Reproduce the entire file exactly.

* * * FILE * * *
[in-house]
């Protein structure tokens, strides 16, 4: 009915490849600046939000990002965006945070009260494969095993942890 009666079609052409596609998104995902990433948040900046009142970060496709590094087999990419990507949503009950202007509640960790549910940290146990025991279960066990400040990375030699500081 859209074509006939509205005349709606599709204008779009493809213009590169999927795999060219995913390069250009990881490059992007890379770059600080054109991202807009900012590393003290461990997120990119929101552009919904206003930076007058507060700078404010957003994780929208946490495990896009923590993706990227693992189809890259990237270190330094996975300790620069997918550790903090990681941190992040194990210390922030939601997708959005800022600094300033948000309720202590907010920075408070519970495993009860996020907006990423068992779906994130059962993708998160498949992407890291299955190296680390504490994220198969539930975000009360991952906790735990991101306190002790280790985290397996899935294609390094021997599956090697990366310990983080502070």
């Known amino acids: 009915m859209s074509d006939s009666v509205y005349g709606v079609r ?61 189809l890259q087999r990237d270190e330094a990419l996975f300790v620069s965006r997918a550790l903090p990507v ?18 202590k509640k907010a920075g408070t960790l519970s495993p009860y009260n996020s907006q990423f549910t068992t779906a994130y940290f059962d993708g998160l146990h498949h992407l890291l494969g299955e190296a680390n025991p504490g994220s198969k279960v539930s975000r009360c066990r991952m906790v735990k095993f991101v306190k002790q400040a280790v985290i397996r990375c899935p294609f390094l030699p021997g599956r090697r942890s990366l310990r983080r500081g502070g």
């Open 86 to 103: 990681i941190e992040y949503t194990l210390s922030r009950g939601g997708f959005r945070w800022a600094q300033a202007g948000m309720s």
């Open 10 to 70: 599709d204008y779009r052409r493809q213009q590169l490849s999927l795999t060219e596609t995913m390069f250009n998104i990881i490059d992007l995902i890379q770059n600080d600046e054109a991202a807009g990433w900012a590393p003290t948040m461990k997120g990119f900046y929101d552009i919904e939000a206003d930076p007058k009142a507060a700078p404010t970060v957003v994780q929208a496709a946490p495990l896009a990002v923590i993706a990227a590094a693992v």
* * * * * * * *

[in-house]
């Protein structure tokens, strides 16, 4: 009915490849600046939000990002965006945070009260494969095993942890 009666079609052409596609998104995902990433948040900046009142970060496709590094087999990419990507949503009950202007509640960790549910940290146990025991279960066990400040990375030699500081 859209074509006939509205005349709606599709204008779009493809213009590169999927795999060219995913390069250009990881490059992007890379770059600080054109991202807009900012590393003290461990997120990119929101552009919904206003930076007058507060700078404010957003994780929208946490495990896009923590993706990227693992189809890259990237270190330094996975300790620069997918550790903090990681941190992040194990210390922030939601997708959005800022600094300033948000309720202590907010920075408070519970495993009860996020907006990423068992779906994130059962993708998160498949992407890291299955190296680390504490994220198969539930975000009360991952906790735990991101306190002790280790985290397996899935294609390094021997599956090697990366310990983080502070």
């Known amino acids: 009915m859209s074509d006939s009666v509205y005349g709606v079609r ?61 189809l890259q087999r990237d270190e330094a990419l996975f300790v620069s965006r997918a550790l903090p990507v ?18 202590k509640k907010a920075g408070t960790l519970s495993p009860y009260n996020s907006q990423f549910t068992t779906a994130y940290f059962d993708g998160l146990h498949h992407l890291l494969g299955e190296a680390n025991p504490g994220s198969k279960v539930s975000r009360c066990r991952m906790v735990k095993f991101v306190k002790q400040a280790v985290i397996r990375c899935p294609f390094l030699p021997g599956r090697r942890s990366l310990r983080r500081g502070g």
């Open 86 to 103: 990681i941190e992040y949503t194990l210390s922030r009950g939601g997708f959005r945070w800022a600094q300033a202007g948000m309720s």
């Open 10 to 70: 599709d204008y779009r052409r493809q213009q590169l490849s999927l795999t060219e596609t995913m390069f250009n998104i990881i490059d992007l995902i890379q770059n600080d600046e054109a991202a807009g990433w900012a590393p003290t948040m461990k997120g990119f900046y929101d552009i919904e939000a206003d930076p007058k009142a507060a700078p404010t970060v957003v994780q929208a496709a946490p495990l896009a990002v923590i993706a990227a590094a693992v």